Before you read any further, take a close look at these photos. What do you notice? Sure, they all have countless championships between them, but look at their posture. They are in what is referred to in sport as a “ready position” or an “athletic position.” More technically speaking, they are hinging from their hips to prepare for the move they are about to make. Each of these photos have been taken at a slightly different moment in respect to the motion that happens a split second later, but in general there is similarity between their set up positions. Their weight is in the front of their arches, their knees are slightly flexed over their laces, their spines are neutral, and their hips are hinged as a result.
So why do we hip hinge in sport? For starters, the position gets our center of gravity in a place that promotes the ability to react and move quickly. From a biomechanics standpoint, the hip hinge allows an athlete to apply the most force possible into the ground. The posterior chain (large muscle groups that make up the back of the body) becomes engaged, active, and ready to work and support safe, quality movement to allow the athlete to be as powerful as possible. This position can be found in some of the most powerful lifts we will do in our Academy workouts (hip bridging, kettlebell swings, deadlifts, etc.) so it is critical that this move is mastered!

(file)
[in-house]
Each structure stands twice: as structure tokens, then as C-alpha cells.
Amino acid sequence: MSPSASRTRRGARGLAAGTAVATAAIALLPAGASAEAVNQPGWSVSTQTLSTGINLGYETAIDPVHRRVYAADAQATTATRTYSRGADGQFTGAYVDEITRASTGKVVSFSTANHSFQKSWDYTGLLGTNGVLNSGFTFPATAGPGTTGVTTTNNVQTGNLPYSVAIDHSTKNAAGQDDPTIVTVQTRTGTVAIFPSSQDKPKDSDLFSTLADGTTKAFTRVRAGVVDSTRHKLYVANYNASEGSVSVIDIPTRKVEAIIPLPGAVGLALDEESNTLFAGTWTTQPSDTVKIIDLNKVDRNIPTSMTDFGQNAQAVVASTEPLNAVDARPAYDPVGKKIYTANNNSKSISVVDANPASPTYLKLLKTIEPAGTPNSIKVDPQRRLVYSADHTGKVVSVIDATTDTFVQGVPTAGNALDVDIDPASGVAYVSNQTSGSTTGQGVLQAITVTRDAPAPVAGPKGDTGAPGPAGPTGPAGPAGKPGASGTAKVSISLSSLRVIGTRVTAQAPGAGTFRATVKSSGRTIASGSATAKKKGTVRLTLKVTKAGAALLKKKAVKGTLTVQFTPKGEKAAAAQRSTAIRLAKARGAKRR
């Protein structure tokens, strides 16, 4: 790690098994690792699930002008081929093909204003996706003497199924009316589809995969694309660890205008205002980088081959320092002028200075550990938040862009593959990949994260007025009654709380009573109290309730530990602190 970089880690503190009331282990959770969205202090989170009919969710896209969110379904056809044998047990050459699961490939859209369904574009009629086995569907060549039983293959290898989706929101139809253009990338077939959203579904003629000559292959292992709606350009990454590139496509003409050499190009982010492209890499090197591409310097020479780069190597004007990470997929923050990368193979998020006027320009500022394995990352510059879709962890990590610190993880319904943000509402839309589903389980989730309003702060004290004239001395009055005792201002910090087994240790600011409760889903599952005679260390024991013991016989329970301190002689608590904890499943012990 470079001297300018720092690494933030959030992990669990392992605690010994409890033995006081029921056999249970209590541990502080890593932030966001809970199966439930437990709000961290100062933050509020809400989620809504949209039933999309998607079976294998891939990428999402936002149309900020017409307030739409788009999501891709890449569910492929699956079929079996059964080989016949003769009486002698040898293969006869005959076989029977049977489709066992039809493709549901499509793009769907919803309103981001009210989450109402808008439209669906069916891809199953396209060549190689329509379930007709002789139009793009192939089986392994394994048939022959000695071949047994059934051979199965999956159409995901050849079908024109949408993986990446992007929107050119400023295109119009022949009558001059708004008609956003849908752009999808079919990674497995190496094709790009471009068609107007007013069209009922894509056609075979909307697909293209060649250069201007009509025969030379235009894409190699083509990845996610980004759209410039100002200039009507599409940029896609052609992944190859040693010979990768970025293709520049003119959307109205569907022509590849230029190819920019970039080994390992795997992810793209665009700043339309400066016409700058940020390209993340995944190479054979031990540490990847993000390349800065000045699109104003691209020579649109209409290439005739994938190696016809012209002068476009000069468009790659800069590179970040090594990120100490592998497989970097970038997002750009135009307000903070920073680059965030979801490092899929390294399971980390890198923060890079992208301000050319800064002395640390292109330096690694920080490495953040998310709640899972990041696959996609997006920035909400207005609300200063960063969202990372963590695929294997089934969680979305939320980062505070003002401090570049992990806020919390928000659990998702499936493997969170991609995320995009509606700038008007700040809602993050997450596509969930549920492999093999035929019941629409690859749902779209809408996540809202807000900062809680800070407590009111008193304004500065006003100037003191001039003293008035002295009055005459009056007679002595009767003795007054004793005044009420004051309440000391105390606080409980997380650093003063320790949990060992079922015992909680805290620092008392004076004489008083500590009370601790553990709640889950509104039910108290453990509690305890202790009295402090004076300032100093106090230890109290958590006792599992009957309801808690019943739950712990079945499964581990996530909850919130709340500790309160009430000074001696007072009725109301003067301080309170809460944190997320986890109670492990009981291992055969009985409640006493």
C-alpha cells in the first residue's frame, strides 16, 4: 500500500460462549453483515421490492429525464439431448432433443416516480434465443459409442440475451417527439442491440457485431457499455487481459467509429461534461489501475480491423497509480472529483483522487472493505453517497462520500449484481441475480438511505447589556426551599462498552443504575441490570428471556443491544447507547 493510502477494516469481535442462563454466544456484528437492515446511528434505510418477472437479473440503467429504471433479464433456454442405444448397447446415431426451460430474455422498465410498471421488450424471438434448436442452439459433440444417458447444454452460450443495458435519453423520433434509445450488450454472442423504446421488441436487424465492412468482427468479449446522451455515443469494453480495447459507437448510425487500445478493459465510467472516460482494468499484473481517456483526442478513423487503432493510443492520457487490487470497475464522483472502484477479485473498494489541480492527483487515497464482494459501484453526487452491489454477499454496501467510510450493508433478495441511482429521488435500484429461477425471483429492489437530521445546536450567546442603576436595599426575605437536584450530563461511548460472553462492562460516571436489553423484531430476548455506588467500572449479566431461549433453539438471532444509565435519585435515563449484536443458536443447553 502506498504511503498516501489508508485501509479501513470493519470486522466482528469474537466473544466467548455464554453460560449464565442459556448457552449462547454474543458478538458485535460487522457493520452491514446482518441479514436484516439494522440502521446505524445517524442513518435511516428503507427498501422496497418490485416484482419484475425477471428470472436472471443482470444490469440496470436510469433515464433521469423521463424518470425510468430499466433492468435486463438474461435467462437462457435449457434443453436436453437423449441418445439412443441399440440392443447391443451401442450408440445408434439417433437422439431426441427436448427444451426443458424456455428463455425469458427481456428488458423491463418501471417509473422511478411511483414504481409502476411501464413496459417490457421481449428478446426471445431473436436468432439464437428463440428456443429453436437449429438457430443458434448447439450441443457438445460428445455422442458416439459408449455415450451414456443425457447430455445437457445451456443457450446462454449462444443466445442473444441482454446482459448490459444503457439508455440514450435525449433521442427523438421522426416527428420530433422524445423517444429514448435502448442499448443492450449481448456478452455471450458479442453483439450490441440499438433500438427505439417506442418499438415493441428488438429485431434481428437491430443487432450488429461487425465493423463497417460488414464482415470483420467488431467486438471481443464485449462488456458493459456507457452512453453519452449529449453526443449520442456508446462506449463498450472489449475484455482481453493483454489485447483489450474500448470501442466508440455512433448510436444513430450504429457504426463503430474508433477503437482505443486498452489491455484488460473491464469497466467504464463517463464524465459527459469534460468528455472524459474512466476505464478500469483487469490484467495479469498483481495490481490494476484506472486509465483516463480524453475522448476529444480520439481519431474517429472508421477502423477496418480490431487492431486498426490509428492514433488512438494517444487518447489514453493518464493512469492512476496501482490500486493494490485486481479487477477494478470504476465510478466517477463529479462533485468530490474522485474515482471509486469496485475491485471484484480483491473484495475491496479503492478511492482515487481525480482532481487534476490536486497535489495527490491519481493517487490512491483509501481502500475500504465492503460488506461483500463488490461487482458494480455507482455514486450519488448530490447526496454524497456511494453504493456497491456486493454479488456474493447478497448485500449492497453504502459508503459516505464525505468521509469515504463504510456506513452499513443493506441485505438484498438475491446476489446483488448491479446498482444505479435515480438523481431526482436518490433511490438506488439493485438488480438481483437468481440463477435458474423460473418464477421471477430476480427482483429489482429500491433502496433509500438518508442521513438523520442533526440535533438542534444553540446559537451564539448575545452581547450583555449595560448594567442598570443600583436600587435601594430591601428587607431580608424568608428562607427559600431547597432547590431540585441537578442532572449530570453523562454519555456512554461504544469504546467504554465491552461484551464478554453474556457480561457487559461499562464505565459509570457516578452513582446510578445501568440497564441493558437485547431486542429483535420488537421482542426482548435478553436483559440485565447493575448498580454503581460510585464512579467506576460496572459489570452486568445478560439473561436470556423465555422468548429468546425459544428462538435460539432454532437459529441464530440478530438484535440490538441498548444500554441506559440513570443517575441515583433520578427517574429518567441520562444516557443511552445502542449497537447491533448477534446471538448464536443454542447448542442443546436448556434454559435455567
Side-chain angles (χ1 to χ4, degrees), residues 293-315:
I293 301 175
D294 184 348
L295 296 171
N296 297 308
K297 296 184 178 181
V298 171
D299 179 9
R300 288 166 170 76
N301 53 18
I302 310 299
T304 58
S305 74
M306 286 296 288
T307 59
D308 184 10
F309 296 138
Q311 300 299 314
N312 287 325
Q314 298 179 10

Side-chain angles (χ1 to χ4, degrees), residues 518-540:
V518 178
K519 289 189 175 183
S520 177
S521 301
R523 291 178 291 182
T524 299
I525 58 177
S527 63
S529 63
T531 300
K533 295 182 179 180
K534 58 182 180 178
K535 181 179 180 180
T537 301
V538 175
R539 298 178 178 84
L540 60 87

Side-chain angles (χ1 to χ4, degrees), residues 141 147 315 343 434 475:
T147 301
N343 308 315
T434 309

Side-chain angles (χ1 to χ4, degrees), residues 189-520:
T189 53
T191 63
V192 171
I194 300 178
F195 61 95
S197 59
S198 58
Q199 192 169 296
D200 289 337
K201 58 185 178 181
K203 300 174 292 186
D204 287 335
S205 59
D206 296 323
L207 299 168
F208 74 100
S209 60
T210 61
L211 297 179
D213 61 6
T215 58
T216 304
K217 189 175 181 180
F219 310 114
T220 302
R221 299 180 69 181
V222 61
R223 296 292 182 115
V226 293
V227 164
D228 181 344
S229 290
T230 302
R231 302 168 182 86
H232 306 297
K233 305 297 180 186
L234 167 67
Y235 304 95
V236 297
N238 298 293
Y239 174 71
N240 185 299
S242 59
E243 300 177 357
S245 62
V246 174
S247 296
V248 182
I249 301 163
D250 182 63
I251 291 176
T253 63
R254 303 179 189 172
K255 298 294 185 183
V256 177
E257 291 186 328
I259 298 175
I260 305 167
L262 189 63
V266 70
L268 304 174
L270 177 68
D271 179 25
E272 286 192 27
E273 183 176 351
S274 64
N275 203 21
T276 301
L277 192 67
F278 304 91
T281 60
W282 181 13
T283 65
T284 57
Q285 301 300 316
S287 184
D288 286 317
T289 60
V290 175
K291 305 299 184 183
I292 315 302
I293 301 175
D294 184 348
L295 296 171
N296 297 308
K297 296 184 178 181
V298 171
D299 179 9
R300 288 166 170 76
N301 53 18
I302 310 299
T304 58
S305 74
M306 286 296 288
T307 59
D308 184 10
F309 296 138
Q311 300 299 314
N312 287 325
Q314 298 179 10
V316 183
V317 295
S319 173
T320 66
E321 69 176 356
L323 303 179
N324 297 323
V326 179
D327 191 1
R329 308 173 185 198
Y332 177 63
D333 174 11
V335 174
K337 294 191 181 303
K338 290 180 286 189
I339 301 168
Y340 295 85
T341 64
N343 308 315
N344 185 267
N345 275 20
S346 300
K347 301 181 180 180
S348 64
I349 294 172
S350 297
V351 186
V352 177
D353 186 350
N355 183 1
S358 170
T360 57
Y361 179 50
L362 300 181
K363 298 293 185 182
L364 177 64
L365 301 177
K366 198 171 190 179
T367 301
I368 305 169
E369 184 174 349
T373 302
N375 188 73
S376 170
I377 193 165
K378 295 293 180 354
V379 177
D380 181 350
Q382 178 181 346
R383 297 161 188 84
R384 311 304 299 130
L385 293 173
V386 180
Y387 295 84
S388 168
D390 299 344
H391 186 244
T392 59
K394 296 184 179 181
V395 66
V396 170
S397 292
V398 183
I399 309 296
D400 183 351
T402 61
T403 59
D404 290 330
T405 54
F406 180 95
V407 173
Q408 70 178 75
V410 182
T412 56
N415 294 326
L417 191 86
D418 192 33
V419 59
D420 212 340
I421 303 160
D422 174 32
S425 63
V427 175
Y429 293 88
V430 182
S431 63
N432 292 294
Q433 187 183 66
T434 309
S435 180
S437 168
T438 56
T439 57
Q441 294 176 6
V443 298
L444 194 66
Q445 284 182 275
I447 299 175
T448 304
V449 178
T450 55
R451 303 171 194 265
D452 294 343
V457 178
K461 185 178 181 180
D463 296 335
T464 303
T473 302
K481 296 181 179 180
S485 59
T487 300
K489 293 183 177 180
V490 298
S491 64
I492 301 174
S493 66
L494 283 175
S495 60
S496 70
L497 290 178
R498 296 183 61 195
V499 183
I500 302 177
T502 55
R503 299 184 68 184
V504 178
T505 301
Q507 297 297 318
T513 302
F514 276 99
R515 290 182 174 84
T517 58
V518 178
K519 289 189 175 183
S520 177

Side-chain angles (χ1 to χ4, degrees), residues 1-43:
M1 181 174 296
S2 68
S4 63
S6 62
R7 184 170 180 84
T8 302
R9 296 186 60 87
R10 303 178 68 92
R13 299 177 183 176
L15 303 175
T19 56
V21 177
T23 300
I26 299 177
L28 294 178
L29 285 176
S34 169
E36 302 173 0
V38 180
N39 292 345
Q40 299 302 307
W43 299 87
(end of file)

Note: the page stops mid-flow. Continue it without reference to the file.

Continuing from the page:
One common limitation that affects the ability to hinge from the hips correctly is your hamstring flexibility. When tight, the hamstrings have a tendency to pull the pelvis into a posterior tilt (butt under) which flexes the lumbar spine and increasing your risk of injury. As a result these athletes are forced into more of a knee dominant position and the glutes often become inhibited as a result. If you need help honing your hinge, let us know! Kyle, Connor, and myself will be checking hinges all weekend, let’s take a look!